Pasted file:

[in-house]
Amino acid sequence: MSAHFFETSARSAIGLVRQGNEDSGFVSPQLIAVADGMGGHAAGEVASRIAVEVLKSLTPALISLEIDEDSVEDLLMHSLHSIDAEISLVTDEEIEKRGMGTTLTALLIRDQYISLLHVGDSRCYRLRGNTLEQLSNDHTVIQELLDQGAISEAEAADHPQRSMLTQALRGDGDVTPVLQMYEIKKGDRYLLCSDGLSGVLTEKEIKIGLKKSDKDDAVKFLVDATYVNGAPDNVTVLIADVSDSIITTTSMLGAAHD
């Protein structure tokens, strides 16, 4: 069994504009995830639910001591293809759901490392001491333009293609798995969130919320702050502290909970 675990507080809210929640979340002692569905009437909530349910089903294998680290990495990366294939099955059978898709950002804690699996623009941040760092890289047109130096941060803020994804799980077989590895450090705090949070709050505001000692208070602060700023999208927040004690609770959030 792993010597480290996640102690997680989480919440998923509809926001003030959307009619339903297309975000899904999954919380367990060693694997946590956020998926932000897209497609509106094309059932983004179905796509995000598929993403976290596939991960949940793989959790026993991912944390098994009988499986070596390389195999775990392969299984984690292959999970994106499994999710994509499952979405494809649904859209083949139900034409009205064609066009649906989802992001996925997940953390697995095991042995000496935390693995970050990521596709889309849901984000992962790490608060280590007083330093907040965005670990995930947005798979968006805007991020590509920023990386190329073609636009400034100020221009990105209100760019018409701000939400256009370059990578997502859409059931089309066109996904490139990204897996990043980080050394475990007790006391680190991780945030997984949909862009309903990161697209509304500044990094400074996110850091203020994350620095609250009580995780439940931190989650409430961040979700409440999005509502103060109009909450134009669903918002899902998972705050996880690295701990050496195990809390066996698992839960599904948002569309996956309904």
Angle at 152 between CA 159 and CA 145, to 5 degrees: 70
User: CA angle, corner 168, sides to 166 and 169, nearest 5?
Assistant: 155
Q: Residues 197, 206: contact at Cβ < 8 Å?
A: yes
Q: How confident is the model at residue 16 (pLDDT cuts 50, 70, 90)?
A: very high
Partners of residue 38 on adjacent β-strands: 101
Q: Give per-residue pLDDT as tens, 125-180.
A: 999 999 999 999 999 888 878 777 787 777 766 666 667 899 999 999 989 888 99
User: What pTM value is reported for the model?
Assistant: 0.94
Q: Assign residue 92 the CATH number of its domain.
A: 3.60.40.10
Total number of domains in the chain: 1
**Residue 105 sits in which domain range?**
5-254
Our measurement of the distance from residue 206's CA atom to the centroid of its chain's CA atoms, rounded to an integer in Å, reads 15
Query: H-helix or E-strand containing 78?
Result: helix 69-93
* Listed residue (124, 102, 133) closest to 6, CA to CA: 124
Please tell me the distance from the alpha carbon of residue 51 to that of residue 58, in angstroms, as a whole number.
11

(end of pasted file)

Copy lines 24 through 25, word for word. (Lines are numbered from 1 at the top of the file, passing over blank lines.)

* Listed residue (124, 102, 133) closest to 6, CA to CA: 124
Please tell me the distance from the alpha carbon of residue 51 to that of residue 58, in angstroms, as a whole number.